Democrats lead, but Ga. Senate elections too close to call » Control of the U.S. Senate is still undecided.
As of very early this morning, with 97 percent of the votes tallied, at least one of the two races in Georgia’s double Senate runoff was too close to call.
The Associated Press called one of those races at 2 a.m. this morning—declaring Democrat Raphael Warnock the winner in his race against GOP Sen. Kelly Loeffler.
WARNOCK: And so Georgia, I am honored by the faith that you have shown in me. And I promise you this tonight: I am going to the Senate to work for all of Georgia.
Warnock led incumbent GOP Sen. Kelly Loeffler this morning by about 36,000 votes—out of about 4.3 million counted.
But Loeffler told her supporters, she’s not giving up.
LOEFFLER: It’s worth it for this election to last into tomorrow. We’re going to make sure every vote is counted.
The margin in the other Senate race is even tighter. Republican Sen. David Perdue trails his Democratic challenger Jon Ossoff by just a few thousand votes.
But Democrats are confident that the ballots yet to be counted will favor Ossoff and Warnock.
If they’re correct, Democrats and Republicans will have a 50/50 split in the Senate. But soon-to-be Vice President Kamala Harris would break the tie, giving Democrats a razor thin majority in the upper chamber.
Vaccine rollout more slowly than hoped » Nearly 5 million Americans have now rolled up their sleeves for coronavirus vaccine shots. That’s good news for the most vulnerable, but it’s not happening as quickly as many officials expected—or at least hoped.
New York’s Democratic Gov. Andrew Cuomo told reporters…
CUOMO: We are in a foot race right now between the vaccine implementation vs the infection rate and hospitalization capacity. That’s the foot race.
Long lines of cars are forming around the country for coronavirus vaccine shots.
In Daytona Beach, Florida, a thousand people slept in their cars near a distribution center Monday night.
Republican Gov. Ron DeSantis has broadened vaccine access to all Floridians age 65 or older—not just nursing home residents and healthcare workers.
In California, Democratic Gov. Gavin Newsom says the pace of the vaccine rollout is “not good enough.” Distribution and logistical problems there have slowed the effort. According to a New York Times tally, so far, the state has only used about 22 percent of the doses it’s received.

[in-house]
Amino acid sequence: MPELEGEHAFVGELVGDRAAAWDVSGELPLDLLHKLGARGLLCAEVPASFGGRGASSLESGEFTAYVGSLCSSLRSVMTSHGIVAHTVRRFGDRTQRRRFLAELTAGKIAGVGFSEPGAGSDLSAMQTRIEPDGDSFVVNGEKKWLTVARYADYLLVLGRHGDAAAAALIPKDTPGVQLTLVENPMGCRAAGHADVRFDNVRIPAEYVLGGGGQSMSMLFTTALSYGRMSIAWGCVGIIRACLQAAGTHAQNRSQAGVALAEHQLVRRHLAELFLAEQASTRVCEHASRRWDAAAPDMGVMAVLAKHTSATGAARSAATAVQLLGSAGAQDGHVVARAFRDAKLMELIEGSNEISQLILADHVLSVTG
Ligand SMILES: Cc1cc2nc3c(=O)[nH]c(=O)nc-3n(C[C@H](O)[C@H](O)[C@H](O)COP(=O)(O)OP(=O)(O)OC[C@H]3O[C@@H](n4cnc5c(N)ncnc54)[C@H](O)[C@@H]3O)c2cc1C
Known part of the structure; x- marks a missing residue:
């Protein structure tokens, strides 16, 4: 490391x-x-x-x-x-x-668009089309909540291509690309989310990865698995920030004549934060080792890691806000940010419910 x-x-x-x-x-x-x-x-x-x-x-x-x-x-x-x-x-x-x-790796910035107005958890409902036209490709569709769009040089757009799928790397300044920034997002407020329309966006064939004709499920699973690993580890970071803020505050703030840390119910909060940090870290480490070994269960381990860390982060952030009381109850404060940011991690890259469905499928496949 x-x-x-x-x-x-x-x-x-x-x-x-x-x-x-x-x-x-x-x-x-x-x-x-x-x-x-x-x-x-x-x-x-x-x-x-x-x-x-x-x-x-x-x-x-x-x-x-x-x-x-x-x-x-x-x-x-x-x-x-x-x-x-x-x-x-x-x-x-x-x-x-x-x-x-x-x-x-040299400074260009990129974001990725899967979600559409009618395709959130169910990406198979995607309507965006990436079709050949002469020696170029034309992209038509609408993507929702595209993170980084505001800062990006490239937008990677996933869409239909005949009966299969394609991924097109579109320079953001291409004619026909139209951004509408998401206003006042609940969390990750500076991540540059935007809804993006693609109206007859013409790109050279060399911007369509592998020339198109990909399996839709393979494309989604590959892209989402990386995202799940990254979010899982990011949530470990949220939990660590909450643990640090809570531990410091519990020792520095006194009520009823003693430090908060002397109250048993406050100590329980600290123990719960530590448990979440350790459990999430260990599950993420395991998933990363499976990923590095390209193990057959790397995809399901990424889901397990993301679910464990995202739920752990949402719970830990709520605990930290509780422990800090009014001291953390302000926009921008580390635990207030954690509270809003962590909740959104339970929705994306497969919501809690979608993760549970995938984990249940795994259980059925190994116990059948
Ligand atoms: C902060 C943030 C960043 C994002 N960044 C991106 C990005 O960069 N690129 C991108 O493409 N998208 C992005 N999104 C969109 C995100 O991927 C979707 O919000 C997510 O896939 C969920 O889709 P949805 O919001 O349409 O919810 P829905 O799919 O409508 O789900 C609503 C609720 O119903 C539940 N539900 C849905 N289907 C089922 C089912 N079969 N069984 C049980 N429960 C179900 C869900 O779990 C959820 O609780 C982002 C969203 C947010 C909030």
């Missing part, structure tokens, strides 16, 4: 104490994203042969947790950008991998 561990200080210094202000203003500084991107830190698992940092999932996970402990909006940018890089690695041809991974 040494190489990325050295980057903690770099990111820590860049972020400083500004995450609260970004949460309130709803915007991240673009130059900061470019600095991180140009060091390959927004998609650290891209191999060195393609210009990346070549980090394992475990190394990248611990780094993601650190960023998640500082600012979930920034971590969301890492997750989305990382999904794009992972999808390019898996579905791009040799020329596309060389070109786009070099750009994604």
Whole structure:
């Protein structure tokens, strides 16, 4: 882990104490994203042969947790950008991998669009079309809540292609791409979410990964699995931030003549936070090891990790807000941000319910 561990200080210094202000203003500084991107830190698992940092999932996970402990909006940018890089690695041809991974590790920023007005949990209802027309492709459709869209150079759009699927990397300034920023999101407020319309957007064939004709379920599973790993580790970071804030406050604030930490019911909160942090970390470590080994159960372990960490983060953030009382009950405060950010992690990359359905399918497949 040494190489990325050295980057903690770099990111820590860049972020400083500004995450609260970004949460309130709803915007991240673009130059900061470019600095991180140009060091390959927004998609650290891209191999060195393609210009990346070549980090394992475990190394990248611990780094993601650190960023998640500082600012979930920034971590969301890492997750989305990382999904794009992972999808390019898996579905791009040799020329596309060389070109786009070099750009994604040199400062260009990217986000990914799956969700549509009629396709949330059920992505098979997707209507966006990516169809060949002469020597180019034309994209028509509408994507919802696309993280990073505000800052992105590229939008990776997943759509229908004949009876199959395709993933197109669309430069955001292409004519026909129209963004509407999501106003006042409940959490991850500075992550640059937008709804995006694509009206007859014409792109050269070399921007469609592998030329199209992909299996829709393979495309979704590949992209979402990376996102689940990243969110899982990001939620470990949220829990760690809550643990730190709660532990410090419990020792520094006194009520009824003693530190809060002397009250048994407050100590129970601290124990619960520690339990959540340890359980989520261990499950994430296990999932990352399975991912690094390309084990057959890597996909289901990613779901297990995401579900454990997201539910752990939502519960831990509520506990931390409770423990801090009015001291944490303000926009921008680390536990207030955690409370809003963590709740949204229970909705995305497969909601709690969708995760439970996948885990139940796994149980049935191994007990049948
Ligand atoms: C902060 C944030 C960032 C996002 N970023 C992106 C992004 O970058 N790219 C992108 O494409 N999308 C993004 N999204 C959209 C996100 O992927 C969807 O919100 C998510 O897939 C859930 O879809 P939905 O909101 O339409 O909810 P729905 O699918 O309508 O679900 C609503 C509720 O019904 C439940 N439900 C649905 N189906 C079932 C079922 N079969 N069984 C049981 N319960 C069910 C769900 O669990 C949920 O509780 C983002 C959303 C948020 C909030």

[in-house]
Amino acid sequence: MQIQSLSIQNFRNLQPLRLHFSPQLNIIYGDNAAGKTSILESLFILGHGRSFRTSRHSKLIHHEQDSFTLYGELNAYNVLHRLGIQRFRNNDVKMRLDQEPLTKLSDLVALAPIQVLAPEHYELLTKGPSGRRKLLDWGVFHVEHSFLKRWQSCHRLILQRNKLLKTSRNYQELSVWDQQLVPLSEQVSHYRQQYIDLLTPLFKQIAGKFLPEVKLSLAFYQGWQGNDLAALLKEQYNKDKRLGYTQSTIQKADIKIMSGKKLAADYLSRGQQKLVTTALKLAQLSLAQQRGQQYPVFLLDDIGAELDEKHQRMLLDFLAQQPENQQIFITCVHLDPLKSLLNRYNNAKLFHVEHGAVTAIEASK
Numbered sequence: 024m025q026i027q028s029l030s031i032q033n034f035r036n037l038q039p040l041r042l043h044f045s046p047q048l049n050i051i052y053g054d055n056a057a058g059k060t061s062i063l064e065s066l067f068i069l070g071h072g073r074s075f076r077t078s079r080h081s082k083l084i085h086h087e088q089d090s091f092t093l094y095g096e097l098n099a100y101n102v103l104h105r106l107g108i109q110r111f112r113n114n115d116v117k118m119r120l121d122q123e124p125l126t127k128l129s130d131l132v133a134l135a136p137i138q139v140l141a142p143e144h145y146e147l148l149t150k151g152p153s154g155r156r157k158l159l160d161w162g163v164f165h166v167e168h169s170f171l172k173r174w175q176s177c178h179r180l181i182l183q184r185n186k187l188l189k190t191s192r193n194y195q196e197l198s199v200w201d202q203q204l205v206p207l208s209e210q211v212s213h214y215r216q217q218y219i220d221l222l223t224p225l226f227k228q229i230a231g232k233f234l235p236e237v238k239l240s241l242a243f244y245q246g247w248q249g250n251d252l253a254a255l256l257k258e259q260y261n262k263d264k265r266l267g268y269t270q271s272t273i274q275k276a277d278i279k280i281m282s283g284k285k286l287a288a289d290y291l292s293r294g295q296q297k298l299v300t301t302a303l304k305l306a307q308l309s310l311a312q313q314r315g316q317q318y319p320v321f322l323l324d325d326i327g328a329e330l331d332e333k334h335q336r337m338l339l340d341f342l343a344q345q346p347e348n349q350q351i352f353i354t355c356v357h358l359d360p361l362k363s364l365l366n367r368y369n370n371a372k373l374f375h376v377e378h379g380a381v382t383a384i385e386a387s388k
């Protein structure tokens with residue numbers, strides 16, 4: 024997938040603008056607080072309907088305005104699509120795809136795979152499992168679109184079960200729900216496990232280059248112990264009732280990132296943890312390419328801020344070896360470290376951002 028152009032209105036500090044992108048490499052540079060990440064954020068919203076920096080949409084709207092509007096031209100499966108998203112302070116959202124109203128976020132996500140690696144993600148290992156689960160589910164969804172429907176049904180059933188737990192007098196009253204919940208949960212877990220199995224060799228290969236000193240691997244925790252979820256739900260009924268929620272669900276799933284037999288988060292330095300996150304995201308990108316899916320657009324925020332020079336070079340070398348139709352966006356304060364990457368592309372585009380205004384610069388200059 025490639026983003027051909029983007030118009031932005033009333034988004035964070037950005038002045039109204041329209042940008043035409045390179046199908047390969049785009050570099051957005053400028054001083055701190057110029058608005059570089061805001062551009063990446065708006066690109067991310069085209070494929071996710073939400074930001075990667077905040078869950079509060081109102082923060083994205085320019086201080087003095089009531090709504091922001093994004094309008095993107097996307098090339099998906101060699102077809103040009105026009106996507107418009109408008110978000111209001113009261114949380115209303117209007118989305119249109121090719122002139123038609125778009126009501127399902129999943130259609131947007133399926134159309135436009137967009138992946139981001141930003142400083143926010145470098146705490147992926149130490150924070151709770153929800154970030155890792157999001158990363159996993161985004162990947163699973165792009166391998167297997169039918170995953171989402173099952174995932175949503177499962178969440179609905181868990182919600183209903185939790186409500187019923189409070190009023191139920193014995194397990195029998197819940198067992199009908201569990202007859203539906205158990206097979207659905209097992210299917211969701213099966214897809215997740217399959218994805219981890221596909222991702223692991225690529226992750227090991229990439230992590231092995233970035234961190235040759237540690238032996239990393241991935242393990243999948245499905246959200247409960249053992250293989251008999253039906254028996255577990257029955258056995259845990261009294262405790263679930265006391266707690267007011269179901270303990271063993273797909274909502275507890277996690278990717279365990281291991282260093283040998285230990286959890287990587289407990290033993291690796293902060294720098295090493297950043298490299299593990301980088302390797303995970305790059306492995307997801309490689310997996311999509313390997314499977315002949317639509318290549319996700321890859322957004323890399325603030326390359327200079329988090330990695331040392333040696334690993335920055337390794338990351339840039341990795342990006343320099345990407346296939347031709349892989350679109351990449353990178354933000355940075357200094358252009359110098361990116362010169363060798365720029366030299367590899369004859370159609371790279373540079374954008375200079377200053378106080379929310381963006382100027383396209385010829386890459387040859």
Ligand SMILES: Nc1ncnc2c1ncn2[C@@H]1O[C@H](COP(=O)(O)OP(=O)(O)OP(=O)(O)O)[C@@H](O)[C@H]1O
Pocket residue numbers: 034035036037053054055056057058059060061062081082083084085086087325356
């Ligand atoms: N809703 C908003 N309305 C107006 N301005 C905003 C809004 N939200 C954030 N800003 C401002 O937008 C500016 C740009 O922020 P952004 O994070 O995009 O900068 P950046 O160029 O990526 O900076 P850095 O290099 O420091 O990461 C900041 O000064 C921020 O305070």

Several countries introduce or extend lockdowns » Several countries are tightening or extending coronavirus restrictions as infections surge. WORLD’s Anna Johansen Brown has more.
ANNA JOHANSEN BROWN, REPORTER: German Chancellor Angela Merkel announced that her country will keep its lockdown in place for at least three more weeks. She said the move was “absolutely necessary,” especially with a more infectious strain now running rampant in England.
The U.K. began a new 6-week lockdown on Tuesday.
Merkel said “We must reach a point where we can once again follow the chains of infection.” She said “Otherwise, we will just keep going back into a lockdown after a short relaxation.”
Columbia is also tightening restrictions once again. Several Columbian cities, including the capital of Bogota are imposing curfews and stay at home measures that had not been implemented for months.
Reporting for WORLD, I’m Anna Johansen Brown.
WHO ‘disappointed’ at Chinese delays letting experts in » The head of the World Health Organization issued a rare critique of China on Tuesday for slow-walking a UN-led investigation into the origins of the coronavirus.
WHO Director-General Tedros Ghebreyesus said he learned yesterday that China still had not granted final permission for a team of scientists to enter the country.
GHEBREYESUS: I’m very disappointed with this news, given that two members had already begun their journeys and others were not able to travel at the last minute.
Tedros said he “made it clear” that the mission was a priority for the WHO and that he was “assured that China is speeding up” its internal process.
The experts drawn from around the world are expected to visit the city of Wuhan, the original epicenter of the pandemic.
The U.S. and several other nations have harshly criticized the UN health body for deference to China and its excessive praise for Beijing’s handling of the initial outbreak.
Venezuela’s socialists seize control of once-defiant congress » Venezuela’s Nicolás Maduro has tightened his grip on power as the ruling socialist party took control of a once-defiant congress on Tuesday. WORLD’s Kristen Flavin reports.
KRISTEN FLAVIN, REPORTER: The Venezuelan congress was the last institution that the socialist party did not already control.
Maduro’s allies swept legislative elections last month as the opposition boycotted the vote. They denounced the election as a sham. And many foreign governments agree, including those of the United States and the European Union.
The U.S. government recognizes the opposition leader, 37-year-old Juan Guaidó as the country’s rightful acting president, but Maduro has not relinquished power.
GUIADO: [Speaking in Spanish]
Guaidó addressed the Venezuelan people on Friday. He said Maduro and his allies use words like “dialogue’ and ‘reconciliation.’” But he said those “are empty words” when they hold “more than 300 political prisoners” and “when they are sanctioned for crimes against humanity.”
Reporting for WORLD, I’m Kristen Flavin.